SF took a little trip out of Berlin recently and decamped to Southern Germany, and to Frankfurt, a city which is known as the financial centre of Germany, we took in the Schrin Gallery for a little bit of German Pop Art action.
A dentist’s chair… of some sort
Pop Art, everyone likes it, everyone is familiar with it and it is probably one of the least offensive forms you are likely to find. It is always laced with a kind of humour, it feels comfortable for all walks of life to appreciate. The use of everyday well known brands, images and icons makes the experience more inclusive for the viewer and less elitist, well that’s what SF reckons.
Germany in the Pop Art era, an interesting time, known as the swinging 60’s in some places, German’s were still living somewhat under the cloud of ‘that’ war but also Berlin was divided with different nations claiming their piece of the city. One area that was growing was a Pop Art movement and this exhibition gives us a small insight into some of the work from that period, combining film, sculpture, painting and movement, the curation by Martina Weinhart is a delightful myriad of colours and forms.
Here are a few of our most favourite pictures from the exhibition…..
Nice little idea to turn something so very iconically British, but that had maybe outstayed it’s welcome. The world famous red telephone box is now largely used for one of the following: 1. Pissing in. 2. Smashing up. 3. Taking drugs in 4. Making a call. It was time for a revamp.
We all love the red phone box as much as the old routemaster red bus and the red postbox, they are design classics, they are something to behold and be proud of. They have also been under threat for one reason or another. While designs hold keep rampaging forwards it is ok to keep some of the classics in place.
Even the ‘Old Bill’ are impressed
Solarbox, a clever idea thought up by two LSE students will be popping up across the capital in the coming months, the first is on Tottenham Court Road, it simply means you can go in and plug in your phone and charge for free when you are out and about, the energy comes (as the name suggests) from solar power and did we mention it is free. Well it is paid for by advertisers, so you will have to watch a few ads while you charge, but that is life. Get over it, we are advertised to 24/7, it ain’t going anywhere.
The simplest ideas are always the best, if they can benefit the environ then even better, if they mean that those useless smartphones do not end up with zero battery by noon on a day out, then this is a bonus.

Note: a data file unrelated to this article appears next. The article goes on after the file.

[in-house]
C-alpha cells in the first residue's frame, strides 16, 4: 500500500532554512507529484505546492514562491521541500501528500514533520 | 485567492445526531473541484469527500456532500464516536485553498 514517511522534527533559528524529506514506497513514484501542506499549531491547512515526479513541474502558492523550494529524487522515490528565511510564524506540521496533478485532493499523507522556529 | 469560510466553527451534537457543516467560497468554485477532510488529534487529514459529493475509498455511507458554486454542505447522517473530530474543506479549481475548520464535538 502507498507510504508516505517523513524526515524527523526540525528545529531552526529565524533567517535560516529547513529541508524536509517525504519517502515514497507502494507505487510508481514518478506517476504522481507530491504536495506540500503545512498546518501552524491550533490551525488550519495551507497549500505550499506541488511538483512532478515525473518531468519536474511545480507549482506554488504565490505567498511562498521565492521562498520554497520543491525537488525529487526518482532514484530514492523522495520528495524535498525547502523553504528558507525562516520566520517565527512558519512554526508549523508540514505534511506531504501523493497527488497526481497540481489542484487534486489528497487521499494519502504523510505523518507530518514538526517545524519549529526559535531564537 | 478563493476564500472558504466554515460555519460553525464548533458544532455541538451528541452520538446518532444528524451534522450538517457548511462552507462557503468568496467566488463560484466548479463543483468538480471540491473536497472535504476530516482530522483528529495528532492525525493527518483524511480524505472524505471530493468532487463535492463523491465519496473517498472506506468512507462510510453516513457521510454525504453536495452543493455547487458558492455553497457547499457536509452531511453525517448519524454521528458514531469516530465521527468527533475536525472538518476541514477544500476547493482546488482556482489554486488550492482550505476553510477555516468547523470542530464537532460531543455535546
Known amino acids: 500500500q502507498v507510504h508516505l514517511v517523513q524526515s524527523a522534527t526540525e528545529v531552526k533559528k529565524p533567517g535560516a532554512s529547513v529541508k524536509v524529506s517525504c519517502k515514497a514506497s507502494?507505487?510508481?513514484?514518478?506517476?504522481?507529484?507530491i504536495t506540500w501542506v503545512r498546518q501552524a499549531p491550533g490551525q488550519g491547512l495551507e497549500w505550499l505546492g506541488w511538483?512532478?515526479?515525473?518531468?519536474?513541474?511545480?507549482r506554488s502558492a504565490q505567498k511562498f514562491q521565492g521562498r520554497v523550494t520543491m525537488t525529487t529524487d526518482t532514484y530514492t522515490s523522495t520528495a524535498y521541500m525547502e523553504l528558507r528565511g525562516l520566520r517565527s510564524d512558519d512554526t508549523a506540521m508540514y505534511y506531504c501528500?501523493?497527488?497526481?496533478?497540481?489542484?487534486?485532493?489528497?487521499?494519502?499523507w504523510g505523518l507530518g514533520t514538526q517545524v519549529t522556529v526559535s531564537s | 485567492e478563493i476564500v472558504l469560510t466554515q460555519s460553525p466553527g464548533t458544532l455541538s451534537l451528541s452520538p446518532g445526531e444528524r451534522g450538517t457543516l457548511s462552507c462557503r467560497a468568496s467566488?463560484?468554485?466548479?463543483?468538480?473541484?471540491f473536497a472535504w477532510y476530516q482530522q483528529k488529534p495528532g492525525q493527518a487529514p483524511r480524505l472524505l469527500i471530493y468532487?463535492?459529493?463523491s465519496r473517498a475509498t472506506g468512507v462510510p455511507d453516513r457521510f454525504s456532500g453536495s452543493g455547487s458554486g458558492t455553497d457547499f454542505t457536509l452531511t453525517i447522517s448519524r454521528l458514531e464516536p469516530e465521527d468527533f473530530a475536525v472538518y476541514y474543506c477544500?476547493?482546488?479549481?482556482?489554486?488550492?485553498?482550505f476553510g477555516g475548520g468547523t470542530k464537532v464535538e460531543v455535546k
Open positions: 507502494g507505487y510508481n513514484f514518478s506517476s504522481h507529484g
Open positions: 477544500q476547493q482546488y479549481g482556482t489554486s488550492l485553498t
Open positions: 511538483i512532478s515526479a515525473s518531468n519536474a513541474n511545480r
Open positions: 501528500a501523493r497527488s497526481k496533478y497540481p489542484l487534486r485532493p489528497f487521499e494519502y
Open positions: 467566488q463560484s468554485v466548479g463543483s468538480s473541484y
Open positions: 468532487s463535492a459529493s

Another weekend in Berlin and yet another little surprise uncovers itself. Another place which works in the daytime, the nighttime, the winter, the summer, for music, for food, for drink and for shopping.
Kanye, Kanye West, Kanye Omari West, Yeezy, Ye or God. A few of the names for Kanye. Others have less flattering ones for this rapper-come-designer-come-inventor-come-businessman-come-rockstar-come-cultural icon-modern day God.
Recently Kanye drew howls of derision for his ‘performance’ in three part interview with Zane Lowe for Radio1, but for why? For being a bit too brash? For being stupendously opinionated? For calling out the fashion snobs who ignore his ‘genius?’ For being just a little shouty? For the Mr. T esq gold chain? For failing to show a modicum of humility?
F*$k that, SF loves the guy for all those reasons, he is borderline ridiculous, but he makes amazing music. He is louder than a motorbike and what he has to say sometimes is a little non-sensical. But at least he says it with passion and believes it. He isn’t playing lipservice to anyone.
And boy can Yeezy rap. Yeezus is a brilliant piece of music
SF has previously avoided Walthamstow because there is little chance of catching a glimpse of the legendary pop foursome that was East17 as they have sadly passed on. There is another reason to visit, that is God’s Own Junkyard. And even more reason as the current sire it under threat from the scurge of the Eastend….. gentrification and redevelopment.
Following a visit to see Chris Bracey’s work in Scream London, SF wanted to do a little more digging. Following a request to the man himself, SF made the journey to deepest East London to find a not so hidden gem, a beacon of light next to a dreary railway line.